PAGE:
TOKYO: Cash-strapped electronics giant Sharp Corp said on Thursday it is offering nearly all of its Japanese real estate -- including its Osaka headquarters -- as collateral to win fresh bank loans.
The unusual move comes as Sharp looks to stem massive losses that have pounded its share price and thrown into doubt a deal that would see Taiwan's Hon Hai Precision inject some desperately needed money into the Japanese firm.
The plan to use real estate as collateral for bank financing worth up to 150 billion yen (US$1.9 billion) excludes some properties in Tokyo's suburbs that the firm wants to sell, a Sharp spokeswoman said.
However, it does include the century-old television and smartphone maker's headquarters in western Japan and domestic production factories.
The move underscores an increasingly dire situation for the maker of Aquos brand electronics which is scrambling to repair its dented balance sheet.
Last week, Standard & Poor's cut its credit rating on Sharp to junk status after the firm said it lost about US$1.76 billion in the April-June quarter while warning of a bigger-than-expected full-year loss.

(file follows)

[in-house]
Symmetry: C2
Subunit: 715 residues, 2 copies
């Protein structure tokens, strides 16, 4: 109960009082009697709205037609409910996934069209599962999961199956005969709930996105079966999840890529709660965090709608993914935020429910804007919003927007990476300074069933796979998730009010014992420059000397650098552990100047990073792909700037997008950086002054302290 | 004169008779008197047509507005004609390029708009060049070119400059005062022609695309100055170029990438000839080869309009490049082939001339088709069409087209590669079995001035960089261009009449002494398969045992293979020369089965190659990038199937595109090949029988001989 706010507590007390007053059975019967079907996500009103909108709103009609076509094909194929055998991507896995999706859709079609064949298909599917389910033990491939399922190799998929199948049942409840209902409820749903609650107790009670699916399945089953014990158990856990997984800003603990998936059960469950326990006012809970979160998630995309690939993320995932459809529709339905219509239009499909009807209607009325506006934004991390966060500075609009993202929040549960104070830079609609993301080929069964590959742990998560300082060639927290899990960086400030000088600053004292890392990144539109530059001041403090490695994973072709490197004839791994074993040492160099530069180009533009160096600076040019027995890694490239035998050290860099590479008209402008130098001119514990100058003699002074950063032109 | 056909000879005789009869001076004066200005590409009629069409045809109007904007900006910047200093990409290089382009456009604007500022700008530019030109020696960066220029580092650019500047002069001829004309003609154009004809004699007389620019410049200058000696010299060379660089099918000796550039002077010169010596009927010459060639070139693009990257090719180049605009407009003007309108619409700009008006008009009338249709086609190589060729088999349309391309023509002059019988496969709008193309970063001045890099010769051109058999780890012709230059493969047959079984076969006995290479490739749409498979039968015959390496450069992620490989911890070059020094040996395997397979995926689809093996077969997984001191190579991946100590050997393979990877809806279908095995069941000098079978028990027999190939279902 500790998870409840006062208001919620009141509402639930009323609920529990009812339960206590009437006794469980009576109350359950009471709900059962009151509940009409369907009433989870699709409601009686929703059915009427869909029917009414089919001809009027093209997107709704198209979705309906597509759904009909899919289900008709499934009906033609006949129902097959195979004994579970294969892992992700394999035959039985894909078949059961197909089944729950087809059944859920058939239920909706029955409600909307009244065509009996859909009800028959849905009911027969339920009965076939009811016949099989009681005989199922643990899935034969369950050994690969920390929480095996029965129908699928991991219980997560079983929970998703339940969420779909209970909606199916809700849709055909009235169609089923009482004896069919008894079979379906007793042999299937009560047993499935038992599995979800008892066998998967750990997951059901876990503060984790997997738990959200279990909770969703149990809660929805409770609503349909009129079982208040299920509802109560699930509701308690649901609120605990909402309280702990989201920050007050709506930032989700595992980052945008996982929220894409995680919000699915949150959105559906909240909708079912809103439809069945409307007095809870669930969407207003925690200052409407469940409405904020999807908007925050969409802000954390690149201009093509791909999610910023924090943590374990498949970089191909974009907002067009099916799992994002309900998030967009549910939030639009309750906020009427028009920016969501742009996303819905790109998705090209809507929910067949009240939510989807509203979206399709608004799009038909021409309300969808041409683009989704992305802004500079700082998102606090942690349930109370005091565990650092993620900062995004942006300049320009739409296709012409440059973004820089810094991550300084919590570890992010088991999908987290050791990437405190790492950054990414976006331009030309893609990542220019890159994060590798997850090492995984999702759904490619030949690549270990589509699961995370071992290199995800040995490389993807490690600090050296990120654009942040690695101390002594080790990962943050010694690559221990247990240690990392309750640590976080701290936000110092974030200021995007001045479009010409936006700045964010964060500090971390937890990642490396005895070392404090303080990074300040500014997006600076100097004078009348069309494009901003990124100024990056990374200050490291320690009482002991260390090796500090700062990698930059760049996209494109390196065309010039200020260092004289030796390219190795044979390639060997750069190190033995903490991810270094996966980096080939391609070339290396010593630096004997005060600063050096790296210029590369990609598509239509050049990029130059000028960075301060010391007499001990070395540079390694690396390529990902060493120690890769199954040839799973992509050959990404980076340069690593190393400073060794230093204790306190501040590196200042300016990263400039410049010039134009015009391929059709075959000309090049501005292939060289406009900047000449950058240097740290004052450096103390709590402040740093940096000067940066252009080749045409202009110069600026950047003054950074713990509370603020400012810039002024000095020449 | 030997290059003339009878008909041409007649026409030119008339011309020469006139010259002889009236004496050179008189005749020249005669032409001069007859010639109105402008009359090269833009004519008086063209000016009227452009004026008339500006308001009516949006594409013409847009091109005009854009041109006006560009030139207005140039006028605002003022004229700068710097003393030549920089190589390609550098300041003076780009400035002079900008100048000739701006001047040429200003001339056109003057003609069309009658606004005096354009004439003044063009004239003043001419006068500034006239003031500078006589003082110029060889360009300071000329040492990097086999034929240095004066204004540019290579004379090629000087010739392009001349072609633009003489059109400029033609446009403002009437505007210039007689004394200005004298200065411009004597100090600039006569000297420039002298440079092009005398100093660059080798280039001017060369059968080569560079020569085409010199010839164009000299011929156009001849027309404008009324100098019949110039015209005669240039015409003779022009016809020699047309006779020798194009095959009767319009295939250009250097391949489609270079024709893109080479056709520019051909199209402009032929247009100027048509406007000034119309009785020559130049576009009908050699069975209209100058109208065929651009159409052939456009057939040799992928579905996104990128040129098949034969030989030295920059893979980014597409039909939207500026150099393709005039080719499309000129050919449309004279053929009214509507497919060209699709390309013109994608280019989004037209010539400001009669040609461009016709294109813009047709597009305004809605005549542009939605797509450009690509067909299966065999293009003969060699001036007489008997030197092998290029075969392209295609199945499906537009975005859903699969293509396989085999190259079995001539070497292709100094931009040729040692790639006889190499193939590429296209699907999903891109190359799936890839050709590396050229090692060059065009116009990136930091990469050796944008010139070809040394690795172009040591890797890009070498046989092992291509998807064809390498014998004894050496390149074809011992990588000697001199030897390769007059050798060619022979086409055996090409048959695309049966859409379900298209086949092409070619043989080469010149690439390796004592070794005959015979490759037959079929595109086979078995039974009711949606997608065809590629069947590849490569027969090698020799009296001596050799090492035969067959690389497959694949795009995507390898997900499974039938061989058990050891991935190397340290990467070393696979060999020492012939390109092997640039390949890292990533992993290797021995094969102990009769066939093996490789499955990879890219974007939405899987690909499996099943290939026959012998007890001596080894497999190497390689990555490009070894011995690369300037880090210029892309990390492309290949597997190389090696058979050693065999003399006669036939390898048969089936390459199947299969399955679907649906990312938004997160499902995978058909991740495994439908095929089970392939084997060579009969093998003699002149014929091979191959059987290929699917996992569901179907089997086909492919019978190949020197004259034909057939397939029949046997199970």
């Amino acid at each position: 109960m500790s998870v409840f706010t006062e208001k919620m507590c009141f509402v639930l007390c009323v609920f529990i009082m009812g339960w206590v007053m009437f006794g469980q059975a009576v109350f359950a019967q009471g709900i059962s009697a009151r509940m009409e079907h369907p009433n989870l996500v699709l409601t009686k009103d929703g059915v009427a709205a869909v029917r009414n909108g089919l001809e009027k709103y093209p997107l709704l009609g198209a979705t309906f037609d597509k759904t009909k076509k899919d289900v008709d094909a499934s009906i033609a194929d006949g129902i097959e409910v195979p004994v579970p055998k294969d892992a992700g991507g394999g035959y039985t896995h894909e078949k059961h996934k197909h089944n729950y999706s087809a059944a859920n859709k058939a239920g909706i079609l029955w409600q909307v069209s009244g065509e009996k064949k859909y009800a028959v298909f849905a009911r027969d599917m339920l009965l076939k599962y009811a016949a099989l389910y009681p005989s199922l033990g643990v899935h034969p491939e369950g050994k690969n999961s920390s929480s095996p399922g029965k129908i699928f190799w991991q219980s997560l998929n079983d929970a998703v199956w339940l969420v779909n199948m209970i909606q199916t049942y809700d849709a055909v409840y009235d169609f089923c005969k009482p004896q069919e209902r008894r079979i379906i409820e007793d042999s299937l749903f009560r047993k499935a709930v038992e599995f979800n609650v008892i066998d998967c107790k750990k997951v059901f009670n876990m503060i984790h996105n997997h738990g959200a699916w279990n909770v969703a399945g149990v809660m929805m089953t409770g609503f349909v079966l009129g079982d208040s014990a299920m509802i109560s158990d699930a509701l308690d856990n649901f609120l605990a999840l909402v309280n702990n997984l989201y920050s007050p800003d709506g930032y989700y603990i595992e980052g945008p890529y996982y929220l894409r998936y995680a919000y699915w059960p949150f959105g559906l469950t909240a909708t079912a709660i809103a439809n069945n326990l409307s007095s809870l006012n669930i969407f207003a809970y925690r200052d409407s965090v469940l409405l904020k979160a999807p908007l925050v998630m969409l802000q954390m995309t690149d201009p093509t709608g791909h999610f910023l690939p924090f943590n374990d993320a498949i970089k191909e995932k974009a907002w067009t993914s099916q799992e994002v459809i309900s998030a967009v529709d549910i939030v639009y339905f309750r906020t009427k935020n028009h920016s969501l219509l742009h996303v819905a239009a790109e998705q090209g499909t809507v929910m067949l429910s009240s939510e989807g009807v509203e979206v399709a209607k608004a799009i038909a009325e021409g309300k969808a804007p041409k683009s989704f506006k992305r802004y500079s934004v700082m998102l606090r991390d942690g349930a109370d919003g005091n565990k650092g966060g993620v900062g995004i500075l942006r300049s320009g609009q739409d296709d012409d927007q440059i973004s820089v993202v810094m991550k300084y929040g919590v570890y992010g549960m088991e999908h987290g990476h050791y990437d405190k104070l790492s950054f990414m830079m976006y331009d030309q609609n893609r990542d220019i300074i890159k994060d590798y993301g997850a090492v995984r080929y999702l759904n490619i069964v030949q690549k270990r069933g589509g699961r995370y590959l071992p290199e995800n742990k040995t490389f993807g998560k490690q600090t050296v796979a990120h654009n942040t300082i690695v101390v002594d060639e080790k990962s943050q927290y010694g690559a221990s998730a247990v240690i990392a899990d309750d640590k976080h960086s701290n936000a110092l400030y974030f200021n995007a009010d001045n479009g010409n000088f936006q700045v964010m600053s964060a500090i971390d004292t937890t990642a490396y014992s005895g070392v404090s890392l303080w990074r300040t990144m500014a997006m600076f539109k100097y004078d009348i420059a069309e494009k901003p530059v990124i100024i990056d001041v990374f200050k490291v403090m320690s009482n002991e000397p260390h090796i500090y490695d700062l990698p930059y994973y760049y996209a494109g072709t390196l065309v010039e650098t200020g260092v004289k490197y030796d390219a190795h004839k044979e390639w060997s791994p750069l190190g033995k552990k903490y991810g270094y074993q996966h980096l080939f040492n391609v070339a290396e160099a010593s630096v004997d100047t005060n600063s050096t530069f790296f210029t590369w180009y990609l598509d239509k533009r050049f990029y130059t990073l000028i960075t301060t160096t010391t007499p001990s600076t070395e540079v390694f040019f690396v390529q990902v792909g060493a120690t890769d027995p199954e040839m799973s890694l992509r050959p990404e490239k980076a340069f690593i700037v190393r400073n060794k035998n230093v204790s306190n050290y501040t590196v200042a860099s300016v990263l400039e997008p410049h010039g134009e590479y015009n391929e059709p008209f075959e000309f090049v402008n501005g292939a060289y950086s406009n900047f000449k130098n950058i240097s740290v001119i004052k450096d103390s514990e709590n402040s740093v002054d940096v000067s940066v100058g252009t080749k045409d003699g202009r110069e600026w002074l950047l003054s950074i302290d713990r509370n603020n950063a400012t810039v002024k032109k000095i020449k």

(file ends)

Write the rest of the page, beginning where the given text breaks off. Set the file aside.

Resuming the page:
"Sharp's liquidity position has weakened, and the company is highly dependent on short-term borrowings in light of weak internal cash flow and a less favourable funding environment," S&P said in its August 31 statement.
The company's shares dived to a four-decade low last month with investors wiping around US$1.0 billion off its market value in just one day following the release of its dismal financial results.
The shares were down 5.74 per cent to 197 yen in Thursday afternoon trade in Tokyo.
To stem the bleeding, Sharp has announced a huge overhaul that could see it cut about 15 per cent of its 57,000-strong global workforce, its first layoffs since 1950.
The company, which has seen its mainstay television, liquid crystal display and solar panel products struggle, said the job reductions were part of a bid to cut annual fixed costs by 100 billion yen.
Rivals Sony and Panasonic have also been swimming in red ink as Japan's electronics giants struggle to cope with a strong yen, falling prices, heavy labour costs and fierce competition from foreign rivals.
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